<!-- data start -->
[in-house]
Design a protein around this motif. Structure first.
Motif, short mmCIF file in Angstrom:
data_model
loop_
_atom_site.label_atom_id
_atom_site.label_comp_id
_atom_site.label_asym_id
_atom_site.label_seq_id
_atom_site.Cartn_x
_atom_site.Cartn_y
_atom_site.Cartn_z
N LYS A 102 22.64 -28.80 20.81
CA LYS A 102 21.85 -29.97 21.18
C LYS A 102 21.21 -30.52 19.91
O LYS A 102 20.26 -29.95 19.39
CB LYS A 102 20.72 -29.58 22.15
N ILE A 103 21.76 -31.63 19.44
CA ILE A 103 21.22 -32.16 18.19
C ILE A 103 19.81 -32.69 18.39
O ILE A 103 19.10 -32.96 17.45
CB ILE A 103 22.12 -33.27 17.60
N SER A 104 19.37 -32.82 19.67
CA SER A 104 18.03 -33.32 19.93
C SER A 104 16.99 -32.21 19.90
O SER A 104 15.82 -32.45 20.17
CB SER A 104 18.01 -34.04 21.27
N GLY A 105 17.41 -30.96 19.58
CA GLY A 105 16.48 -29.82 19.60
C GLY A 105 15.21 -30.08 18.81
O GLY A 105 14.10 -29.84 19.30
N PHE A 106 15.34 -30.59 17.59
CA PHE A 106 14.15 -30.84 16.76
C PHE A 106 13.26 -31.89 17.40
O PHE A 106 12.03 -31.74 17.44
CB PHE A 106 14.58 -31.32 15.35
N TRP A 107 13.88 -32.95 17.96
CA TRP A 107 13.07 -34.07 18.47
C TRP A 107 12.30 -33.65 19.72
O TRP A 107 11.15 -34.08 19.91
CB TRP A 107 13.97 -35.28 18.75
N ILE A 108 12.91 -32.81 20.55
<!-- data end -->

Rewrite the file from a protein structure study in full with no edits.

[in-house]
Design a protein around this motif. Structure first.
Motif, short mmCIF file in Angstrom:
data_model
loop_
_atom_site.label_atom_id
_atom_site.label_comp_id
_atom_site.label_asym_id
_atom_site.label_seq_id
_atom_site.Cartn_x
_atom_site.Cartn_y
_atom_site.Cartn_z
N LYS A 102 22.64 -28.80 20.81
CA LYS A 102 21.85 -29.97 21.18
C LYS A 102 21.21 -30.52 19.91
O LYS A 102 20.26 -29.95 19.39
CB LYS A 102 20.72 -29.58 22.15
N ILE A 103 21.76 -31.63 19.44
CA ILE A 103 21.22 -32.16 18.19
C ILE A 103 19.81 -32.69 18.39
O ILE A 103 19.10 -32.96 17.45
CB ILE A 103 22.12 -33.27 17.60
N SER A 104 19.37 -32.82 19.67
CA SER A 104 18.03 -33.32 19.93
C SER A 104 16.99 -32.21 19.90
O SER A 104 15.82 -32.45 20.17
CB SER A 104 18.01 -34.04 21.27
N GLY A 105 17.41 -30.96 19.58
CA GLY A 105 16.48 -29.82 19.60
C GLY A 105 15.21 -30.08 18.81
O GLY A 105 14.10 -29.84 19.30
N PHE A 106 15.34 -30.59 17.59
CA PHE A 106 14.15 -30.84 16.76
C PHE A 106 13.26 -31.89 17.40
O PHE A 106 12.03 -31.74 17.44
CB PHE A 106 14.58 -31.32 15.35
N TRP A 107 13.88 -32.95 17.96
CA TRP A 107 13.07 -34.07 18.47
C TRP A 107 12.30 -33.65 19.72
O TRP A 107 11.15 -34.08 19.91
CB TRP A 107 13.97 -35.28 18.75
N ILE A 108 12.91 -32.81 20.55